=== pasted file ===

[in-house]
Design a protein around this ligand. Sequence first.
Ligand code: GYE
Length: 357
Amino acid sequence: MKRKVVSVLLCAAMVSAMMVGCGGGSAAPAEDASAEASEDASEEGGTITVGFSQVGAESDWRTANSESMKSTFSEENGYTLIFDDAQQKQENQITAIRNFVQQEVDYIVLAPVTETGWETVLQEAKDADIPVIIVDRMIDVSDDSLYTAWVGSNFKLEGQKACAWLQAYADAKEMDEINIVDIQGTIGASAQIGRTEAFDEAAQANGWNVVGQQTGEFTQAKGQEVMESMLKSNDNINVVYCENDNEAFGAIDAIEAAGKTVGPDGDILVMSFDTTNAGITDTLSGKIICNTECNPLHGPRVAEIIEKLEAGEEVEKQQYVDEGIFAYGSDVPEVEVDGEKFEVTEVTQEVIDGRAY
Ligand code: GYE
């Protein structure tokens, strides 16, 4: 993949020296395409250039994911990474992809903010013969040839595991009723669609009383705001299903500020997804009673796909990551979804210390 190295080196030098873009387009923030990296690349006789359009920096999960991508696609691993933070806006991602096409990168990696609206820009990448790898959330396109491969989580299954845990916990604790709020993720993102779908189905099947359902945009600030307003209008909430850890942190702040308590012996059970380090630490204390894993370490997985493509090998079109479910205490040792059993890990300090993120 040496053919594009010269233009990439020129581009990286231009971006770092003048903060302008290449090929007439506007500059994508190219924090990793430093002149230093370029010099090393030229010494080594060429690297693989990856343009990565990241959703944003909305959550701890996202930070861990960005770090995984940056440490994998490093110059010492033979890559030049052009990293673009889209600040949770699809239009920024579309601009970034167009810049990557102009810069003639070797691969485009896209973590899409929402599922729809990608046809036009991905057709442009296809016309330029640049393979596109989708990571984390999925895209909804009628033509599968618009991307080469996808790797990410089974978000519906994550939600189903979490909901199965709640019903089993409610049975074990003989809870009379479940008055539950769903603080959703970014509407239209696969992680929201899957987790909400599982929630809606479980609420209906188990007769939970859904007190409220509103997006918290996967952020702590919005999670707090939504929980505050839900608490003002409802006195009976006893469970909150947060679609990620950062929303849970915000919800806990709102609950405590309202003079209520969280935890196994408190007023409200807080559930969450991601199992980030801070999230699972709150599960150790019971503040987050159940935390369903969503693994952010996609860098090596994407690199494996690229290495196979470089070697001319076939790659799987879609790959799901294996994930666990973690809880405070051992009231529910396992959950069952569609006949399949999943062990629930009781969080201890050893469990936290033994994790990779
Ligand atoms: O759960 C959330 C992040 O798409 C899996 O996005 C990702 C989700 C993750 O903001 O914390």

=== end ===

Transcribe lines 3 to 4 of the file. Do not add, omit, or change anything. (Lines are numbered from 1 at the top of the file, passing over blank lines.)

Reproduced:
Ligand code: GYE
Length: 357